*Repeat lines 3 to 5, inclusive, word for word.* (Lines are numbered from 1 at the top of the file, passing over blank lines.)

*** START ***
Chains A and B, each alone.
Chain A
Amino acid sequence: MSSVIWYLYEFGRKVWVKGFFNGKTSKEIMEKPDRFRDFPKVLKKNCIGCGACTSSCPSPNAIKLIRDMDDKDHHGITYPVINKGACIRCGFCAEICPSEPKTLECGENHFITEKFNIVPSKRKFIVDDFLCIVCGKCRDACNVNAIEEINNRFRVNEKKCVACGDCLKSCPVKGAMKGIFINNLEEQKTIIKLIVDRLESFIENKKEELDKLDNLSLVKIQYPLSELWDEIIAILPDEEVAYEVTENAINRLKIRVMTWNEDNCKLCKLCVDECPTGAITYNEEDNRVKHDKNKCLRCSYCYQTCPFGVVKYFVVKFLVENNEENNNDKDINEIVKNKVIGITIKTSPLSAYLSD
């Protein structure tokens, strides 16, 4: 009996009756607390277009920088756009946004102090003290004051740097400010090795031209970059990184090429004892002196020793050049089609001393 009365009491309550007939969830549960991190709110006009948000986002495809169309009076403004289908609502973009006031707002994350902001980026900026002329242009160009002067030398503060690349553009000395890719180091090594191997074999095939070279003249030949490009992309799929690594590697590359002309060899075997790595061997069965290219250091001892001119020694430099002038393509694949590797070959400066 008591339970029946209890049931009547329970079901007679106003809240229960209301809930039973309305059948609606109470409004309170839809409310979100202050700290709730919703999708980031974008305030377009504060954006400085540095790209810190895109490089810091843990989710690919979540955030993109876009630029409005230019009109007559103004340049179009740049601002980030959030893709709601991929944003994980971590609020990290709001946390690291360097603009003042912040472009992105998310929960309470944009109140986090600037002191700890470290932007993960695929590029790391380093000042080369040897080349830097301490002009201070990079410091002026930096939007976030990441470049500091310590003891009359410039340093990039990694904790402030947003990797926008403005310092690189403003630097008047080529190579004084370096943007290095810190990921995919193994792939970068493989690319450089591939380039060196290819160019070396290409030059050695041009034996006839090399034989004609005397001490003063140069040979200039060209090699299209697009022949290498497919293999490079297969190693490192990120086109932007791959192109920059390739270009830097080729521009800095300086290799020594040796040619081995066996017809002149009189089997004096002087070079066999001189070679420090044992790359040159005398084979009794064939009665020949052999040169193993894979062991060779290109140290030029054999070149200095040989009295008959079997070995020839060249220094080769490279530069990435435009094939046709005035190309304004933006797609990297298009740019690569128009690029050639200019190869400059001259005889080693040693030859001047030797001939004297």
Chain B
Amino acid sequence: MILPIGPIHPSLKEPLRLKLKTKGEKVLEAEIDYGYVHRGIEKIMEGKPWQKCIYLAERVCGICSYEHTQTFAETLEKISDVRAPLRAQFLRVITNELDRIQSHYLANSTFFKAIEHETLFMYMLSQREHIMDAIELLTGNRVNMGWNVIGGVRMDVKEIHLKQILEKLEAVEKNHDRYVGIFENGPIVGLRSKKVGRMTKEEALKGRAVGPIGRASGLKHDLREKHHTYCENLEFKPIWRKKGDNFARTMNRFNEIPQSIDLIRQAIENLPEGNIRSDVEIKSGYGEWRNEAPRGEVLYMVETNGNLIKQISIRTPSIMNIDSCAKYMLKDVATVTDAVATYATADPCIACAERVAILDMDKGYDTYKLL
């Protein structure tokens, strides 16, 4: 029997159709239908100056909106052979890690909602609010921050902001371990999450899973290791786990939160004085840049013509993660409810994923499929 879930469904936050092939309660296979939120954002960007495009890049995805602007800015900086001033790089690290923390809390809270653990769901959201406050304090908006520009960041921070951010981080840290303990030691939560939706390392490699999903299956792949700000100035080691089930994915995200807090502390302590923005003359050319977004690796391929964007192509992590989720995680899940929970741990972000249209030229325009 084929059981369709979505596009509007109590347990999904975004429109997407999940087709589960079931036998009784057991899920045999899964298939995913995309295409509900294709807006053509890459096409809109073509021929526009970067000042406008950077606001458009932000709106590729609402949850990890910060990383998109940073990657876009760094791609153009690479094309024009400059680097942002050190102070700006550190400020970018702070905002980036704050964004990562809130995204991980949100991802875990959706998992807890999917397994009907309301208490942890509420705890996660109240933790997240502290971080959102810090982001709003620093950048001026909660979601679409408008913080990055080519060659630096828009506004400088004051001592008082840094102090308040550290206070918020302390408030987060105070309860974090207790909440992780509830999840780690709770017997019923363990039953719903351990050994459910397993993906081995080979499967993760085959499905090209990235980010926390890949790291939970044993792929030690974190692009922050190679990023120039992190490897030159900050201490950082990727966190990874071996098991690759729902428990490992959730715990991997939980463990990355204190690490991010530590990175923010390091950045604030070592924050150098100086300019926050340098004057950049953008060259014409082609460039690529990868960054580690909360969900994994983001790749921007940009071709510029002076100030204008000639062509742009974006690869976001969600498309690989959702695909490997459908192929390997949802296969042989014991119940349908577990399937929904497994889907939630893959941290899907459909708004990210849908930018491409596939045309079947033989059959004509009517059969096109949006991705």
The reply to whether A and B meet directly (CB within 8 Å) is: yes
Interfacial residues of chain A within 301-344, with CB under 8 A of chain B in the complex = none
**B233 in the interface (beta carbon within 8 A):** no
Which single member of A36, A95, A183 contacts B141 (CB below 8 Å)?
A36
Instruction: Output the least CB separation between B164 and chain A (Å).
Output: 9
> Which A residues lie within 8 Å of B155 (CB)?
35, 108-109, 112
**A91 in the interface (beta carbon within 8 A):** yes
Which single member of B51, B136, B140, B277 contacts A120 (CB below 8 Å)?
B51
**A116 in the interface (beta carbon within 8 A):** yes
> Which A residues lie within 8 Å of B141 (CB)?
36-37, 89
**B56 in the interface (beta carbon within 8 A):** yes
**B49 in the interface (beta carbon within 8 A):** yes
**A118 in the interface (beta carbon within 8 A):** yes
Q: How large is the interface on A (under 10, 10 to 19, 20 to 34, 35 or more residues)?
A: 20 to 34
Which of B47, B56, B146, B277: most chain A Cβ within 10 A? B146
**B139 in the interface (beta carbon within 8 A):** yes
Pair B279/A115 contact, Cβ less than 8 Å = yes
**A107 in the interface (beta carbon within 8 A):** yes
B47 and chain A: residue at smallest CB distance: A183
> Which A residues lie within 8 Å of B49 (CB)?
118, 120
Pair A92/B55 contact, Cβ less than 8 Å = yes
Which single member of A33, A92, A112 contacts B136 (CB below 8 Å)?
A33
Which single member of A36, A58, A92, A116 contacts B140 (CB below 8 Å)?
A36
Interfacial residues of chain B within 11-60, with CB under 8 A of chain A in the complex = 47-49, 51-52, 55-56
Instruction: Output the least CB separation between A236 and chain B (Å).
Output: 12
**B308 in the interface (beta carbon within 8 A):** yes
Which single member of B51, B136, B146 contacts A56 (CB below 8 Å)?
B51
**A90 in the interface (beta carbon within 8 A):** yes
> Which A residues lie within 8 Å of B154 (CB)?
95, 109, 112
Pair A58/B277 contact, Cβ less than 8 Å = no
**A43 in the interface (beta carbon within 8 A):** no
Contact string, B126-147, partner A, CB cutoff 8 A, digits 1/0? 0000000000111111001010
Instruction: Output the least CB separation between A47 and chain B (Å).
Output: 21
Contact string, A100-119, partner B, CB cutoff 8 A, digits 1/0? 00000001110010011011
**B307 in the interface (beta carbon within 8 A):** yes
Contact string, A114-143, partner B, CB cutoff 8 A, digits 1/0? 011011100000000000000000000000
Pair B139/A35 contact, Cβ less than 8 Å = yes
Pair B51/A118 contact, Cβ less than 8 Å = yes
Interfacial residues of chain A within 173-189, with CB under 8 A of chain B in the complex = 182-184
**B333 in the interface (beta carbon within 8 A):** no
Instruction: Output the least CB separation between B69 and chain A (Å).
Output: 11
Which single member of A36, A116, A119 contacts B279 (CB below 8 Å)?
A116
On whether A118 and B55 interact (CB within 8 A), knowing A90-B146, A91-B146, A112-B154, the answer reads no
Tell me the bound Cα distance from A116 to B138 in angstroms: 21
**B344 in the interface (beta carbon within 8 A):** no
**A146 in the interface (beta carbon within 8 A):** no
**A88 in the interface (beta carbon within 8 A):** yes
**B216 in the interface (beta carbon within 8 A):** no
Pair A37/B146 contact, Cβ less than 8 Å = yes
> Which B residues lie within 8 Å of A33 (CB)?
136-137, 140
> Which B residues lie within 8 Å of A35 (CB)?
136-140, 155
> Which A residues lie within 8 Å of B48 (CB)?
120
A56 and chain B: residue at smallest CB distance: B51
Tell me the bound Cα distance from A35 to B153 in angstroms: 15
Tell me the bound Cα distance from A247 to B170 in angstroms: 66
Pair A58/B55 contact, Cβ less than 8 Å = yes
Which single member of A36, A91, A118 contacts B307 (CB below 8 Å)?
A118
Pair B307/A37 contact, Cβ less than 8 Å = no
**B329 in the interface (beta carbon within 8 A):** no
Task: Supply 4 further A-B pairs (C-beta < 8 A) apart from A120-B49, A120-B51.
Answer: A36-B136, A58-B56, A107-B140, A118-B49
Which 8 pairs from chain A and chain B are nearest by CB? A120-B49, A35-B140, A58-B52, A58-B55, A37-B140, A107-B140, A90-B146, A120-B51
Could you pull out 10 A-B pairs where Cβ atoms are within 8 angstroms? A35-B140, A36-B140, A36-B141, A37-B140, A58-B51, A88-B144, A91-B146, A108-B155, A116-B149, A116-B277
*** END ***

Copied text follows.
Amino acid sequence: MSSVIWYLYEFGRKVWVKGFFNGKTSKEIMEKPDRFRDFPKVLKKNCIGCGACTSSCPSPNAIKLIRDMDDKDHHGITYPVINKGACIRCGFCAEICPSEPKTLECGENHFITEKFNIVPSKRKFIVDDFLCIVCGKCRDACNVNAIEEINNRFRVNEKKCVACGDCLKSCPVKGAMKGIFINNLEEQKTIIKLIVDRLESFIENKKEELDKLDNLSLVKIQYPLSELWDEIIAILPDEEVAYEVTENAINRLKIRVMTWNEDNCKLCKLCVDECPTGAITYNEEDNRVKHDKNKCLRCSYCYQTCPFGVVKYFVVKFLVENNEENNNDKDINEIVKNKVIGITIKTSPLSAYLSD
């Protein structure tokens, strides 16, 4: 009996009756607390277009920088756009946004102090003290004051740097400010090795031209970059990184090429004892002196020793050049089609001393 009365009491309550007939969830549960991190709110006009948000986002495809169309009076403004289908609502973009006031707002994350902001980026900026002329242009160009002067030398503060690349553009000395890719180091090594191997074999095939070279003249030949490009992309799929690594590697590359002309060899075997790595061997069965290219250091001892001119020694430099002038393509694949590797070959400066 008591339970029946209890049931009547329970079901007679106003809240229960209301809930039973309305059948609606109470409004309170839809409310979100202050700290709730919703999708980031974008305030377009504060954006400085540095790209810190895109490089810091843990989710690919979540955030993109876009630029409005230019009109007559103004340049179009740049601002980030959030893709709601991929944003994980971590609020990290709001946390690291360097603009003042912040472009992105998310929960309470944009109140986090600037002191700890470290932007993960695929590029790391380093000042080369040897080349830097301490002009201070990079410091002026930096939007976030990441470049500091310590003891009359410039340093990039990694904790402030947003990797926008403005310092690189403003630097008047080529190579004084370096943007290095810190990921995919193994792939970068493989690319450089591939380039060196290819160019070396290409030059050695041009034996006839090399034989004609005397001490003063140069040979200039060209090699299209697009022949290498497919293999490079297969190693490192990120086109932007791959192109920059390739270009830097080729521009800095300086290799020594040796040619081995066996017809002149009189089997004096002087070079066999001189070679420090044992790359040159005398084979009794064939009665020949052999040169193993894979062991060779290109140290030029054999070149200095040989009295008959079997070995020839060249220094080769490279530069990435435009094939046709005035190309304004933006797609990297298009740019690569128009690029050639200019190869400059001259005889080693040693030859001047030797001939004297």
Chain B